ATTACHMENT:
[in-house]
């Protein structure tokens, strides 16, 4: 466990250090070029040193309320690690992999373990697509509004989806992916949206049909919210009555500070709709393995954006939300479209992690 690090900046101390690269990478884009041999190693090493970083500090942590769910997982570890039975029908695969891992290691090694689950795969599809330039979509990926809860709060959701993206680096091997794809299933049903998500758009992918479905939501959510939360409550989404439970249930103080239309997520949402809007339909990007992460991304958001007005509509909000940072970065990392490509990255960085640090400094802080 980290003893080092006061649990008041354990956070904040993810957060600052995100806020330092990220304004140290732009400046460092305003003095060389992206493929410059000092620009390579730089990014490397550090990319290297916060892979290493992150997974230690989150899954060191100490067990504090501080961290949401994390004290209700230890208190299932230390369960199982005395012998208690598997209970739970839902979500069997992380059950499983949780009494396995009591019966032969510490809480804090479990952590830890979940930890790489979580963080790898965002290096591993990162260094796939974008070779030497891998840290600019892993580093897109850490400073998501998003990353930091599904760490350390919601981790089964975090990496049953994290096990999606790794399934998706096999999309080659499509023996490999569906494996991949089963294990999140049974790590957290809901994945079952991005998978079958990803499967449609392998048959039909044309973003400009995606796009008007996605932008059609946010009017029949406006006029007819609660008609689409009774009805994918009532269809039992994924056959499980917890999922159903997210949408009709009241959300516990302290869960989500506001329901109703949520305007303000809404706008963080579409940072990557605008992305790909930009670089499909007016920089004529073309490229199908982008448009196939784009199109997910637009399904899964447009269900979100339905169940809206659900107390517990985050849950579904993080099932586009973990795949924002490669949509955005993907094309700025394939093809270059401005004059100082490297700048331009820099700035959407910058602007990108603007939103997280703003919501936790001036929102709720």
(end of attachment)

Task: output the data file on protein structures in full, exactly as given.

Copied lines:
[in-house]
């Protein structure tokens, strides 16, 4: 466990250090070029040193309320690690992999373990697509509004989806992916949206049909919210009555500070709709393995954006939300479209992690 690090900046101390690269990478884009041999190693090493970083500090942590769910997982570890039975029908695969891992290691090694689950795969599809330039979509990926809860709060959701993206680096091997794809299933049903998500758009992918479905939501959510939360409550989404439970249930103080239309997520949402809007339909990007992460991304958001007005509509909000940072970065990392490509990255960085640090400094802080 980290003893080092006061649990008041354990956070904040993810957060600052995100806020330092990220304004140290732009400046460092305003003095060389992206493929410059000092620009390579730089990014490397550090990319290297916060892979290493992150997974230690989150899954060191100490067990504090501080961290949401994390004290209700230890208190299932230390369960199982005395012998208690598997209970739970839902979500069997992380059950499983949780009494396995009591019966032969510490809480804090479990952590830890979940930890790489979580963080790898965002290096591993990162260094796939974008070779030497891998840290600019892993580093897109850490400073998501998003990353930091599904760490350390919601981790089964975090990496049953994290096990999606790794399934998706096999999309080659499509023996490999569906494996991949089963294990999140049974790590957290809901994945079952991005998978079958990803499967449609392998048959039909044309973003400009995606796009008007996605932008059609946010009017029949406006006029007819609660008609689409009774009805994918009532269809039992994924056959499980917890999922159903997210949408009709009241959300516990302290869960989500506001329901109703949520305007303000809404706008963080579409940072990557605008992305790909930009670089499909007016920089004529073309490229199908982008448009196939784009199109997910637009399904899964447009269900979100339905169940809206659900107390517990985050849950579904993080099932586009973990795949924002490669949509955005993907094309700025394939093809270059401005004059100082490297700048331009820099700035959407910058602007990108603007939103997280703003919501936790001036929102709720």